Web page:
But objectively speaking, Mahomes may be in his own category. He won the NFL MVP last season after just turning 23. While Rodgers has more experience and a proven track record, Mahomes is gifted with more arm strength, and he constantly churns out plays that defy the norms — throwing across his body, rifling passes on the run, whipping side-armed passes to avoid defenders. Perhaps the scariest thing for the rest of the NFL? The kid is still learning the position.
“I’ve definitely been through adverse times when I was in college of not winning the game I felt like we could have won,” Mahomes said this week, via ESPN. “There were certain times at Texas Tech when we didn’t do the things we wanted to as an offense to find ways to win. My first year here, the team went through a little stretch where they weren’t winning games.
”It’s a long season. You can figure it out. ... There [are] difficult times in the NFL. Teams are good, and we’ve played some great opponents so far this season, and we’ll have to find a way to get this thing rolling again on a short week against a great opponent.”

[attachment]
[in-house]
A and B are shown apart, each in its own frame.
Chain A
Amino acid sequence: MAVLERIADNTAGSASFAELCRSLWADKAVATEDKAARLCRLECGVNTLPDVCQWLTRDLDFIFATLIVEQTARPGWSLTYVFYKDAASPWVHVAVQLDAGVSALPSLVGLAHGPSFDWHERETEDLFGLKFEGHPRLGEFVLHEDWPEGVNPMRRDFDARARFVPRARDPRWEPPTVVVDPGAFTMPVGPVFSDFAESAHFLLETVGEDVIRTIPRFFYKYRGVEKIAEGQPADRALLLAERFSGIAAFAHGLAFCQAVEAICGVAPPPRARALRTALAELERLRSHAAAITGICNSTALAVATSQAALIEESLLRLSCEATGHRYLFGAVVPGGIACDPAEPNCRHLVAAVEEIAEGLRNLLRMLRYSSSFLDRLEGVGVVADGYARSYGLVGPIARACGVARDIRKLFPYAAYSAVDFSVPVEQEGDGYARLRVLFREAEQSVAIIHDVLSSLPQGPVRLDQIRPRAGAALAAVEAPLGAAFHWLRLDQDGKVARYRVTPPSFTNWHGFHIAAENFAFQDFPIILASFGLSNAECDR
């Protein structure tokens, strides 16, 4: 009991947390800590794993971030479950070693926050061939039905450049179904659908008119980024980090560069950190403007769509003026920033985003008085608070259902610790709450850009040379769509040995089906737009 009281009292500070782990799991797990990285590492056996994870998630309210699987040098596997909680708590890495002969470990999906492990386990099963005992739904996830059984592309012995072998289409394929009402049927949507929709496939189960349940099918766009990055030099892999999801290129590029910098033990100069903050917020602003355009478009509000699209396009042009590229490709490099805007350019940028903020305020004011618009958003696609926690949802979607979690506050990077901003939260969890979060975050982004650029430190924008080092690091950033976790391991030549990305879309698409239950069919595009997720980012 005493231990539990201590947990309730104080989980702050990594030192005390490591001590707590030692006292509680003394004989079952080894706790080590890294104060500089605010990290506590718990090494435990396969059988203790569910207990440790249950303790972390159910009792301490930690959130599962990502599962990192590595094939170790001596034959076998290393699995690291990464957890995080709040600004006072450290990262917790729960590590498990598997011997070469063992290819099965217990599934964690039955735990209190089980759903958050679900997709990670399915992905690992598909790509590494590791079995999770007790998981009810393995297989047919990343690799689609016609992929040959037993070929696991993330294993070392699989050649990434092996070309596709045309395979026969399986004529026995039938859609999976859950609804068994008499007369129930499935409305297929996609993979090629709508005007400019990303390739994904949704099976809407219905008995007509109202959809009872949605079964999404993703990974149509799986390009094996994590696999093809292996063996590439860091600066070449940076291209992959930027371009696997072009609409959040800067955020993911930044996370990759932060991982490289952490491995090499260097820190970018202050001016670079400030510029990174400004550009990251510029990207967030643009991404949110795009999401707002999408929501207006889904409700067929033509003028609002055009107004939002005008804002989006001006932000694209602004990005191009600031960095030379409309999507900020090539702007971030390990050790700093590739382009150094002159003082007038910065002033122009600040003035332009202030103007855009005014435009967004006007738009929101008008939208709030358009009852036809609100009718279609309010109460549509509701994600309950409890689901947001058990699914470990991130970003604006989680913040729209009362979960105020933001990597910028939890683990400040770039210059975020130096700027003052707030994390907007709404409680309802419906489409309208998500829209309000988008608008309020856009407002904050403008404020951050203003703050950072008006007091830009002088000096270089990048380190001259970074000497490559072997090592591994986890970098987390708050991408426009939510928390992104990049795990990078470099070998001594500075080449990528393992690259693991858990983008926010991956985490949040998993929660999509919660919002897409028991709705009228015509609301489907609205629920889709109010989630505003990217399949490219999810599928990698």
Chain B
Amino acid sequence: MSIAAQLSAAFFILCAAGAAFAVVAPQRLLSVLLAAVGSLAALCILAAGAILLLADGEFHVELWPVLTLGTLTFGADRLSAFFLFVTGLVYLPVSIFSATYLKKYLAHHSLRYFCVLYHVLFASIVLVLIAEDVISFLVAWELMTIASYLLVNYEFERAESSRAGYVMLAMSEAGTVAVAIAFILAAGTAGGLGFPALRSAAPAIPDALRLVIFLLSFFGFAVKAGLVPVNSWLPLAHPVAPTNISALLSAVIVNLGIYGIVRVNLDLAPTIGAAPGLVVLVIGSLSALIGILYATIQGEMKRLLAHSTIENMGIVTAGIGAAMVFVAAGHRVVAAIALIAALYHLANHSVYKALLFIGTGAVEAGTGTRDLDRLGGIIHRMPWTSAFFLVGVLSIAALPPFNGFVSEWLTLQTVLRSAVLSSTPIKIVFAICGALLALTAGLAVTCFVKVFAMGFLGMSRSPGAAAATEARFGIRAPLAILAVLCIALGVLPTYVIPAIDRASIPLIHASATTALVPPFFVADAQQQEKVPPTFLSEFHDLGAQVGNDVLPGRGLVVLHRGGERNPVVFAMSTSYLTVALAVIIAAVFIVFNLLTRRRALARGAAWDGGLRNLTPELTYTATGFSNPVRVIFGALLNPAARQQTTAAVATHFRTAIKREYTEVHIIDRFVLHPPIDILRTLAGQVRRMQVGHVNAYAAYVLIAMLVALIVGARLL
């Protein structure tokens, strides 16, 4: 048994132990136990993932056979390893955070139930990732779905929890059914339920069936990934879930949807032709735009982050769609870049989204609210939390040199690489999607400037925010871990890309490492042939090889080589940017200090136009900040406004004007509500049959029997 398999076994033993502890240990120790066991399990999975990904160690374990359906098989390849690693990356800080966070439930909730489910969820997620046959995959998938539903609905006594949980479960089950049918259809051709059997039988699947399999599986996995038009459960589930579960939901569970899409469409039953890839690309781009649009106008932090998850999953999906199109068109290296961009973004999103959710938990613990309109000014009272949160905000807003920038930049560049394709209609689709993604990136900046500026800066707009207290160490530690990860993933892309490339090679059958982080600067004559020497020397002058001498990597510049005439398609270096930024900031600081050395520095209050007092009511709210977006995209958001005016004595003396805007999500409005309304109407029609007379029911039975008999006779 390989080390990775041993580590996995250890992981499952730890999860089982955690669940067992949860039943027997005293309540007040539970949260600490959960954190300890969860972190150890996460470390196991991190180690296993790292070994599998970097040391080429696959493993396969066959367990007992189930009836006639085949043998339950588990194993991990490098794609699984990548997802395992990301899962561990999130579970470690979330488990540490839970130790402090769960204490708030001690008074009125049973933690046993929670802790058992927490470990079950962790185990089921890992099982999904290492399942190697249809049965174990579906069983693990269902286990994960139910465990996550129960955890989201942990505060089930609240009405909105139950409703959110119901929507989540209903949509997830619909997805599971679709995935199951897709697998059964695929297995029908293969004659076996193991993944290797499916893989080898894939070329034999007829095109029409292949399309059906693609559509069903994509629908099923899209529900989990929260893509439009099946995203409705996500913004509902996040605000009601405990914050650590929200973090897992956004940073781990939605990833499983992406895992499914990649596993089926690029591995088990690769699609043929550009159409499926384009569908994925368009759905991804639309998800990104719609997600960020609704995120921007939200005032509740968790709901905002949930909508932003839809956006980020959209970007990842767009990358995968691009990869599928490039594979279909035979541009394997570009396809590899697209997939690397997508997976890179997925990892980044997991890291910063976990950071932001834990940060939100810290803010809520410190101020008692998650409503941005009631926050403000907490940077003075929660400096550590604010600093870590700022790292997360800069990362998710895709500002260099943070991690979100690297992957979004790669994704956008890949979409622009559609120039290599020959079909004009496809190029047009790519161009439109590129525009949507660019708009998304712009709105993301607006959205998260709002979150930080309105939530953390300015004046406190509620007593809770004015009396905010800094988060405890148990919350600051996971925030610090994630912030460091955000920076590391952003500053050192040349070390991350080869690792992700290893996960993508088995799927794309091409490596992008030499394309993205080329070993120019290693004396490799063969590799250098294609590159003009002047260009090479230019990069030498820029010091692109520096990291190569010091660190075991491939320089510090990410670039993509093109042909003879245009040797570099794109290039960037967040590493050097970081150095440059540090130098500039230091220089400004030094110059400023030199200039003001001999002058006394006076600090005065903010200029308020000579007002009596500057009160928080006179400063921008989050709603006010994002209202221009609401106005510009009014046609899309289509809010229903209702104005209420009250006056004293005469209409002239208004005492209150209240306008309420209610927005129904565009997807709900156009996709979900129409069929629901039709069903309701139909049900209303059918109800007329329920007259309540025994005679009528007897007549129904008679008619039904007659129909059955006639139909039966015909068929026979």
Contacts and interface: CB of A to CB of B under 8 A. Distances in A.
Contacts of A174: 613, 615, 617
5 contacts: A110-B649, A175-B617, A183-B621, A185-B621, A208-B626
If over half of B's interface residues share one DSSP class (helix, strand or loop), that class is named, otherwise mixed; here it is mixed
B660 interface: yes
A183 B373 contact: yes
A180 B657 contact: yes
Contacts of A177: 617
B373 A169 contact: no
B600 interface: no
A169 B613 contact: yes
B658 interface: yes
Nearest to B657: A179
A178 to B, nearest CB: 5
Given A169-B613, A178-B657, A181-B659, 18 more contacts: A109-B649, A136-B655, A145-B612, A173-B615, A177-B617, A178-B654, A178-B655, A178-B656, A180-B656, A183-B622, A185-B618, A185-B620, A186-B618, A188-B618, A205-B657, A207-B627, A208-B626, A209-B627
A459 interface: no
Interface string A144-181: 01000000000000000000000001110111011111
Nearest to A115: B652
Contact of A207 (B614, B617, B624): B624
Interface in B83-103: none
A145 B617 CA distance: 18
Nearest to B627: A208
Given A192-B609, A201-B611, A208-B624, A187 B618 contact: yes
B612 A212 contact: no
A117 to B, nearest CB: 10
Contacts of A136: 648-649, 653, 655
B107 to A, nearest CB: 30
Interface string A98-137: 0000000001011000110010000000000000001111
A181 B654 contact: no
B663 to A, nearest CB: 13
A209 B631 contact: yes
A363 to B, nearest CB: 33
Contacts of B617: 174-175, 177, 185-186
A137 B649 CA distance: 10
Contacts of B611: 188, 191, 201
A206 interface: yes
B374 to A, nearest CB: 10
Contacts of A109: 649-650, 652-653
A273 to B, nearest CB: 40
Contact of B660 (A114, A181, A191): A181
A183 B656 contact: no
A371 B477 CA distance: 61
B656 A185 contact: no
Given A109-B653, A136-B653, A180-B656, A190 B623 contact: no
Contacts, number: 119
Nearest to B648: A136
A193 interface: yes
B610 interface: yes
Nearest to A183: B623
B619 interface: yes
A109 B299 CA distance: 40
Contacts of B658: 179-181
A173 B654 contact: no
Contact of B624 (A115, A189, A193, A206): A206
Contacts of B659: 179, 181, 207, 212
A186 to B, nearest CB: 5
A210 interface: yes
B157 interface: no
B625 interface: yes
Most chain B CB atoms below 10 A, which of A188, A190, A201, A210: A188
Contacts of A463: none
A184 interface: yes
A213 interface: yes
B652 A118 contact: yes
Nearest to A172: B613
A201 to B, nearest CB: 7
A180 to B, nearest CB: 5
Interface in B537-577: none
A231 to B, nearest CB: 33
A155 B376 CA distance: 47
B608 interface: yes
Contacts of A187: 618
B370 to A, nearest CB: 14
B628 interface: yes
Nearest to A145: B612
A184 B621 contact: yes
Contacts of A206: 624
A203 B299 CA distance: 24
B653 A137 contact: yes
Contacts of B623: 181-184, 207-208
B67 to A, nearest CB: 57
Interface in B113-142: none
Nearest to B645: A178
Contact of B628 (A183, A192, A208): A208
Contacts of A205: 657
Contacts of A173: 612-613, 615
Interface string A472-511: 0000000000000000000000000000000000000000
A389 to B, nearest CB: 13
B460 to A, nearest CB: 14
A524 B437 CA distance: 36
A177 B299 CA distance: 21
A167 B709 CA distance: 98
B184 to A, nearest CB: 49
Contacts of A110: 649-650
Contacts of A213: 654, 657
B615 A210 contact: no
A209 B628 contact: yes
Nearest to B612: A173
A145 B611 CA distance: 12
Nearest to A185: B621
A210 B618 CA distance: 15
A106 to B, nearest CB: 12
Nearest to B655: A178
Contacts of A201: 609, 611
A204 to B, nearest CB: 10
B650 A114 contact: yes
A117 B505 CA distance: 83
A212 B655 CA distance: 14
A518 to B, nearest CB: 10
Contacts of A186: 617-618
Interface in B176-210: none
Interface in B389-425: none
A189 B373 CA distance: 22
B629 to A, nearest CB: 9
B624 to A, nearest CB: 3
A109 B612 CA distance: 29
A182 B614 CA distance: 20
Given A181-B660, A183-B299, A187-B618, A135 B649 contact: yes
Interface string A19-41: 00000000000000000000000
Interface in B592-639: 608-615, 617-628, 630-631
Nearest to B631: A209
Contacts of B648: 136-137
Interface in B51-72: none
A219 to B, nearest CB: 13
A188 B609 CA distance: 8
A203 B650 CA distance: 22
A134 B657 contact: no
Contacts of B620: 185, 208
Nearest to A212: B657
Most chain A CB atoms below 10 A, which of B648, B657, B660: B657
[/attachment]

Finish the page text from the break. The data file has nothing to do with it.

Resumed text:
6. Kansas City (4-2): The Chiefs have lost six fumbles, tied for third-most in the league.
Next: at Broncos (Thursday).
The Colts held onto the ball for 37 minutes of game time while the Texans were even better at 40 minutes. That means on a shortened week, this Chiefs defense should come in very worn out and beaten up. The Broncos would be remiss not to lean on the run game, especially playing at altitude.
When they do have to pass, though, what can the Broncos learn from the success of the Colts and Texans? There are some very simple play designs that both the Colts and Texans ran that the Broncos can mimic to get the passing attack back on track.
Phillip Lindsay vs. Kansas City Chiefs
Lindsay and Royce Freeman are splitting snaps almost down the middle, but it’s the former who is putting up more fantasy points. I could see both of them starting in fantasy leagues this week, though, as the Chiefs have allowed over five yards per rush and an average of more than 26 fantasy points to enemy running backs in 2019.